https://oilprice.com-By Alex Kimani
Last week, Moscow made good on its threat to weaponize its energy exports in retaliation against Western sanctions by imposing wide-ranging export bans. Alexander Novak, Russia’s deputy prime minister, said his government has the “full right” to “impose an embargo” on gas supplies by halting gas supplies through the Nord Stream 1 pipeline.
Facing one of the harshest sanction campaigns against any nation in modern history, Russia is in for a world of hurt. StanChart says continuing consumer reluctance to buy from Russia and shortages of capital, equipment, and technology will continue to depress Russian output over, at least, the next three years. The commodity experts have predicted that Russia’s output will fall by 1.612 million barrels per day (mb/d) y/y in 2022 and a further 0.217mb/d in 2023, with the y/y decline peaking at 2.306mb/d in Q2-2022. Russia also risks getting booted from the World Trade Organization or the IMF.
To save the Russian currency from total collapse and to combat inflation, Russia’s central bank has raised its key interest rate to a staggering 20%–an all-time high. But that won’t be enough to prevent Russia from descending into a calamitous recession.
Yet, Russia can take some comfort in the knowledge that it’s in good company.
The rise in oil and gas prices triggered by the Ukraine conflict has raised the threat of the worst stagflationary shock to hit Europe since the 1970s. Amid heavy reliance on fossil fuels, energy prices in Europe have spiraled out of control, with European natural gas trading at ~$62/mmbtu, translating to $360 per barrel oil on an energy equivalent basis.
But it could get much worse.
A cross-section of experts is now warning that Europe will be plunged into a deep recession if Russia follows through with its threat to halt gas supplies into Europe. The EU has laid out plans to lower its dependence on Russian gas by two-thirds before the end of this year and end imports completely by 2030. Moscow, however, says it will retaliate against energy sanctions by cutting off vital supplies more quickly.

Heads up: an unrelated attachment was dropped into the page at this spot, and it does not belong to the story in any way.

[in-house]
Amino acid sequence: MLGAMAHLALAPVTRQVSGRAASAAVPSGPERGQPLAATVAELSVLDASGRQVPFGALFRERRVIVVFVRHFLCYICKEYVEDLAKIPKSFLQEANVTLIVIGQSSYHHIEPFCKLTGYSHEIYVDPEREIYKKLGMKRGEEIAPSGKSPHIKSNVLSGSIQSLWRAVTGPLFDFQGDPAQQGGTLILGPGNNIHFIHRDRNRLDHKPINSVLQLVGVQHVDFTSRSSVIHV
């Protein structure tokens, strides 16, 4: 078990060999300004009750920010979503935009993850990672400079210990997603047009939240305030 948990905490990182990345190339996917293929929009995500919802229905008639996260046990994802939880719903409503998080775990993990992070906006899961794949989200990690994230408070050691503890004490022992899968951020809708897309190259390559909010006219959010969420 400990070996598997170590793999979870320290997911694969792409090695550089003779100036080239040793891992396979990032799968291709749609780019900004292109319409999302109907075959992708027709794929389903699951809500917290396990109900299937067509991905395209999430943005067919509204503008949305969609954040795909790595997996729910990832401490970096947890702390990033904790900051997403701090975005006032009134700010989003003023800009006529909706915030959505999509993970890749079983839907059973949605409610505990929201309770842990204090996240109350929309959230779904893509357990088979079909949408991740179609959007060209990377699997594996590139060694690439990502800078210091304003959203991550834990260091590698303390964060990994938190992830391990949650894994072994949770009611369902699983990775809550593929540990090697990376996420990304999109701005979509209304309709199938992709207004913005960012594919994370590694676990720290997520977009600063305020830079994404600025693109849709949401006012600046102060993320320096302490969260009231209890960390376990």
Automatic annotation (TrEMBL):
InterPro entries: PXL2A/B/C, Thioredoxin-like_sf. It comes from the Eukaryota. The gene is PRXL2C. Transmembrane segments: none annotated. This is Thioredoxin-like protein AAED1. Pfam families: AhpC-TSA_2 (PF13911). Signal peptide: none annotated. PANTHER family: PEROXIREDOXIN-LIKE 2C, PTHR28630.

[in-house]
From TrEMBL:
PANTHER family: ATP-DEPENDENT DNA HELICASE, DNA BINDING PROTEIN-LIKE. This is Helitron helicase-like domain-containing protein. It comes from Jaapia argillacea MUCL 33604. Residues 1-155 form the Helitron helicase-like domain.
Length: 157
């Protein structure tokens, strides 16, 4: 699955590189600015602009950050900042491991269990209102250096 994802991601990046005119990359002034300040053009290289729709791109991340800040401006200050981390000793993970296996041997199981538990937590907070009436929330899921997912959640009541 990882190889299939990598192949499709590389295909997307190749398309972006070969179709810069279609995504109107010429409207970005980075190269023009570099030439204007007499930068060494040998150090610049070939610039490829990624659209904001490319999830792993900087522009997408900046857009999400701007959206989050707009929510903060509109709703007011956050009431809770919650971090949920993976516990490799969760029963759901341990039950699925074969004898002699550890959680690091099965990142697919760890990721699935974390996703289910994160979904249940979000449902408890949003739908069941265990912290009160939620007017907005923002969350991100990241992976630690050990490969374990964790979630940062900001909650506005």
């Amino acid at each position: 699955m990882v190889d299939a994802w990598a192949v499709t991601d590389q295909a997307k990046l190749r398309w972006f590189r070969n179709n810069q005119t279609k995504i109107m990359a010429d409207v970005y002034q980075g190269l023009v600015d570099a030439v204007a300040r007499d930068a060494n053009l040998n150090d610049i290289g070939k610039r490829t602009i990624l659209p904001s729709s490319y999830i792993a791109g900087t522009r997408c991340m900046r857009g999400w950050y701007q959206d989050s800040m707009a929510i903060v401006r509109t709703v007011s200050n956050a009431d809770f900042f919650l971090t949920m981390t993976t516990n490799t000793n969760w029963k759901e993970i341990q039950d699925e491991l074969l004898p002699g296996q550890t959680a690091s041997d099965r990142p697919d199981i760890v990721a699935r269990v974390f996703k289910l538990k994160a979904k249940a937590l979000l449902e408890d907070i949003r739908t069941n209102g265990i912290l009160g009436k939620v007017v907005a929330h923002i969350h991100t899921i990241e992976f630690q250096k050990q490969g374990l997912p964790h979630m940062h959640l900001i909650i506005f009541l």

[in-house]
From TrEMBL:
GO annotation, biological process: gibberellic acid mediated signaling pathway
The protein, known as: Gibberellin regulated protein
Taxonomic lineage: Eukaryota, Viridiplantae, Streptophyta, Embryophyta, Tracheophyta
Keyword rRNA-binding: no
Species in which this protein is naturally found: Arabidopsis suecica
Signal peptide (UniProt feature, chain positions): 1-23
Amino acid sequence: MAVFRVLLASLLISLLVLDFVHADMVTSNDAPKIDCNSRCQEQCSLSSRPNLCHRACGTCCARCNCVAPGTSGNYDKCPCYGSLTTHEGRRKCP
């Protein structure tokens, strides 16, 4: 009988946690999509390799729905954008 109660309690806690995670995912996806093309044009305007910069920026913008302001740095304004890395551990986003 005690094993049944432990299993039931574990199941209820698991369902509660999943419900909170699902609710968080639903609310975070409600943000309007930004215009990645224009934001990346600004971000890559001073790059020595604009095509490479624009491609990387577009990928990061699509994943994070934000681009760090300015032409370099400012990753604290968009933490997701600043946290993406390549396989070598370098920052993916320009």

The euro area generates a quarter of its energy from natural gas, with Russia accounting for around one-third of the bloc’s imports. Goldman Sachs has warned that any further gas import disruptions could therefore have significant knock-on effects for eurozone economic output and inflation.
In a research note, Goldman’s Chief European Economist Sven Jari Stehn and his team has laid out several scenarios and assessed how they might impact the European economy.
“By mapping physical gas supply constraints and upwards price pressures into GVA (gross value added) effects in the Euro area and the U.K., we estimate that for 2022 as a whole high gas prices could weigh on Euro area GDP growth by 0.6pp (percentage points) and the U.K. by 0.1pp relative to our baseline forecast if we assume no further gas supply disruptions,” Stehn said.
The impact in Germany is likely to be even greater (-0.9pp), Stehn added, due to its high reliance on Russian gas.
In a worst-case scenario in which Russia stops all pipeline exports, Sven and team says Euro area GDP growth is likely to fall by 2.2pp in 2022, with sizable impacts in Germany (-3.4pp) and Italy (-2.6pp).
On a brighter note, a complete stoppage is seen as being unlikely given Russia’s reliance on exports to Europe as well as its ever-shrinking sources of revenue elsewhere.
“Although Moscow forged a new deal with Beijing last month to supply China’s CNPC with an additional 10 billion cubic meters of gas a year, the new planned pipeline to carry these supplies will take two to three years to complete. In the meantime, Russia will have to rely on its sales to Europe to fund its military incursion in Ukraine and ensure domestic stability,” Mathieu Savary, chief European strategist at BCA Research, has told CNBC.
Savary suggested, however, that Novak’s threat still highlights the risk of disruption to European energy supplies, which will continue to exert upward pressure on natural gas prices in the near term.
“Until the risk premium in oil and natgas prices dissipates, high energy costs will lead to a period of stagflation in the Eurozone,” Savary has added.
By Alex Kimani for Oilprice.com